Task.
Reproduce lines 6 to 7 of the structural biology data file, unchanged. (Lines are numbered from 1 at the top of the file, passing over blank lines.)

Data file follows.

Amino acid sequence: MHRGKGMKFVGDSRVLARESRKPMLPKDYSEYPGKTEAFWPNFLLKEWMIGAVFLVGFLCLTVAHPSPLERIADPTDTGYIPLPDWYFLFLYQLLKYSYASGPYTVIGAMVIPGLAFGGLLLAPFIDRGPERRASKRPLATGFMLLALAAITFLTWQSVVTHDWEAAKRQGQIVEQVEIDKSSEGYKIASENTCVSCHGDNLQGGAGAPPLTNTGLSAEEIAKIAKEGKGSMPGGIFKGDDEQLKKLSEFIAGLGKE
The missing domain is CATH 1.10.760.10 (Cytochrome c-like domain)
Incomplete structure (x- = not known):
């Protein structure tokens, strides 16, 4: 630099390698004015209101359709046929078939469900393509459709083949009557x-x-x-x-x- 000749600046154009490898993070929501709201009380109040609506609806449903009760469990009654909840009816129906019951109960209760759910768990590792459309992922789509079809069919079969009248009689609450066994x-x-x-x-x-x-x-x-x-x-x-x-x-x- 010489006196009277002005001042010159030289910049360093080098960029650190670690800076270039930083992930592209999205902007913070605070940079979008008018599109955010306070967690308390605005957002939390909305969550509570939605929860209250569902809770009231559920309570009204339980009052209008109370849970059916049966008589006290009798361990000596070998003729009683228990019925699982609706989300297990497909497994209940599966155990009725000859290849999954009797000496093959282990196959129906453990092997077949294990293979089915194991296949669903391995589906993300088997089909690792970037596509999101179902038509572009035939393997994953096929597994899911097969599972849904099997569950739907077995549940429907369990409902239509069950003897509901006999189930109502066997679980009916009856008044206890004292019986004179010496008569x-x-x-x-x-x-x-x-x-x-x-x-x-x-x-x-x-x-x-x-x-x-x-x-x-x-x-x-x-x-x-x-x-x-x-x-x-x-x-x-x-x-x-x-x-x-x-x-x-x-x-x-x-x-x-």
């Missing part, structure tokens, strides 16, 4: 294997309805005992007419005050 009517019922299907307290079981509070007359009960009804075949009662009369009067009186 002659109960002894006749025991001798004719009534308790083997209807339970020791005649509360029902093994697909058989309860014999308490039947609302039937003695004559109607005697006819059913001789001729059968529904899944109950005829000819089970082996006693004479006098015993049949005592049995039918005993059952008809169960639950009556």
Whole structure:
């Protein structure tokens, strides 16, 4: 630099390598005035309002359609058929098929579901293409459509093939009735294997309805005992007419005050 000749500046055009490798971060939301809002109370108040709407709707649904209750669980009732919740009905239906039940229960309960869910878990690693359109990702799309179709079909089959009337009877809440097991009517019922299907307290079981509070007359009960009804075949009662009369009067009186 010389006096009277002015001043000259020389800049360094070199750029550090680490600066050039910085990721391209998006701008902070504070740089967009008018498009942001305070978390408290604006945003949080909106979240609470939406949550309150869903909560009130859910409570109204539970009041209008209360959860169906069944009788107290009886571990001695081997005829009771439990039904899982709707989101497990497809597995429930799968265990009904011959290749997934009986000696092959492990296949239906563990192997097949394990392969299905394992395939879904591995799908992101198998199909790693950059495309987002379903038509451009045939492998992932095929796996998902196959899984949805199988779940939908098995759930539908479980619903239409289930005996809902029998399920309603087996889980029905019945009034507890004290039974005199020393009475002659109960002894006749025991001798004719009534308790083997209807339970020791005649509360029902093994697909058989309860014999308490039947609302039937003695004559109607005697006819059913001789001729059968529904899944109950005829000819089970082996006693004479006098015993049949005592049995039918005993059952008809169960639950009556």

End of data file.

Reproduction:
Whole structure:
């Protein structure tokens, strides 16, 4: 630099390598005035309002359609058929098929579901293409459509093939009735294997309805005992007419005050 000749500046055009490798971060939301809002109370108040709407709707649904209750669980009732919740009905239906039940229960309960869910878990690693359109990702799309179709079909089959009337009877809440097991009517019922299907307290079981509070007359009960009804075949009662009369009067009186 010389006096009277002015001043000259020389800049360094070199750029550090680490600066050039910085990721391209998006701008902070504070740089967009008018498009942001305070978390408290604006945003949080909106979240609470939406949550309150869903909560009130859910409570109204539970009041209008209360959860169906069944009788107290009886571990001695081997005829009771439990039904899982709707989101497990497809597995429930799968265990009904011959290749997934009986000696092959492990296949239906563990192997097949394990392969299905394992395939879904591995799908992101198998199909790693950059495309987002379903038509451009045939492998992932095929796996998902196959899984949805199988779940939908098995759930539908479980619903239409289930005996809902029998399920309603087996889980029905019945009034507890004290039974005199020393009475002659109960002894006749025991001798004719009534308790083997209807339970020791005649509360029902093994697909058989309860014999308490039947609302039937003695004559109607005697006819059913001789001729059968529904899944109950005829000819089970082996006693004479006098015993049949005592049995039918005993059952008809169960639950009556």